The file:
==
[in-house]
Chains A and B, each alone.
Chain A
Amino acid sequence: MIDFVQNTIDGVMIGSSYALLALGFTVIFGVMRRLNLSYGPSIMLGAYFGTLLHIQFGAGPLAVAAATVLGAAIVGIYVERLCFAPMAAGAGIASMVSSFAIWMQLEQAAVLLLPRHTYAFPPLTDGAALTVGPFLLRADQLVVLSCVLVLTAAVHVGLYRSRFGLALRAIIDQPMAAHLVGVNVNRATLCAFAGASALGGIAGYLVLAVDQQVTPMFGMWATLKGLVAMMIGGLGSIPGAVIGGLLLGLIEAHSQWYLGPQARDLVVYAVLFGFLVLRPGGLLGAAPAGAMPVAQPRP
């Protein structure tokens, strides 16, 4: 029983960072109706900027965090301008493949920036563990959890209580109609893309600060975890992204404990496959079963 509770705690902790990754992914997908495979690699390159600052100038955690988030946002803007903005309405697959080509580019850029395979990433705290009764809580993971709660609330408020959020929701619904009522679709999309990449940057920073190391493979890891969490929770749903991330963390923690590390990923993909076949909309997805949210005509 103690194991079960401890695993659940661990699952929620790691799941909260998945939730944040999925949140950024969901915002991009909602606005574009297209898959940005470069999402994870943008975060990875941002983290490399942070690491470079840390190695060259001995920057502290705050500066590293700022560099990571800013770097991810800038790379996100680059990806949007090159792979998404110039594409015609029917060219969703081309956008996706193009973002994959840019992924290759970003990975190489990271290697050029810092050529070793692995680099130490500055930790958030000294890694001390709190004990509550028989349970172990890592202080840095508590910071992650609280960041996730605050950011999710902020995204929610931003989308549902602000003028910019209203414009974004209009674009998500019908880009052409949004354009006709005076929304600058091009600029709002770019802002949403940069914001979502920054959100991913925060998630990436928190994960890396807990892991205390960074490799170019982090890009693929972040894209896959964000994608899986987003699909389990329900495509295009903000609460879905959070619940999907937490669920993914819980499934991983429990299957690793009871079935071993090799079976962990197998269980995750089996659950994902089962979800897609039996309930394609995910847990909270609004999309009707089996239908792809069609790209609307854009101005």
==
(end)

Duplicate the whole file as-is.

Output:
[in-house]
Chains A and B, each alone.
Chain A
Amino acid sequence: MIDFVQNTIDGVMIGSSYALLALGFTVIFGVMRRLNLSYGPSIMLGAYFGTLLHIQFGAGPLAVAAATVLGAAIVGIYVERLCFAPMAAGAGIASMVSSFAIWMQLEQAAVLLLPRHTYAFPPLTDGAALTVGPFLLRADQLVVLSCVLVLTAAVHVGLYRSRFGLALRAIIDQPMAAHLVGVNVNRATLCAFAGASALGGIAGYLVLAVDQQVTPMFGMWATLKGLVAMMIGGLGSIPGAVIGGLLLGLIEAHSQWYLGPQARDLVVYAVLFGFLVLRPGGLLGAAPAGAMPVAQPRP
């Protein structure tokens, strides 16, 4: 029983960072109706900027965090301008493949920036563990959890209580109609893309600060975890992204404990496959079963 509770705690902790990754992914997908495979690699390159600052100038955690988030946002803007903005309405697959080509580019850029395979990433705290009764809580993971709660609330408020959020929701619904009522679709999309990449940057920073190391493979890891969490929770749903991330963390923690590390990923993909076949909309997805949210005509 103690194991079960401890695993659940661990699952929620790691799941909260998945939730944040999925949140950024969901915002991009909602606005574009297209898959940005470069999402994870943008975060990875941002983290490399942070690491470079840390190695060259001995920057502290705050500066590293700022560099990571800013770097991810800038790379996100680059990806949007090159792979998404110039594409015609029917060219969703081309956008996706193009973002994959840019992924290759970003990975190489990271290697050029810092050529070793692995680099130490500055930790958030000294890694001390709190004990509550028989349970172990890592202080840095508590910071992650609280960041996730605050950011999710902020995204929610931003989308549902602000003028910019209203414009974004209009674009998500019908880009052409949004354009006709005076929304600058091009600029709002770019802002949403940069914001979502920054959100991913925060998630990436928190994960890396807990892991205390960074490799170019982090890009693929972040894209896959964000994608899986987003699909389990329900495509295009903000609460879905959070619940999907937490669920993914819980499934991983429990299957690793009871079935071993090799079976962990197998269980995750089996659950994902089962979800897609039996309930394609995910847990909270609004999309009707089996239908792809069609790209609307854009101005």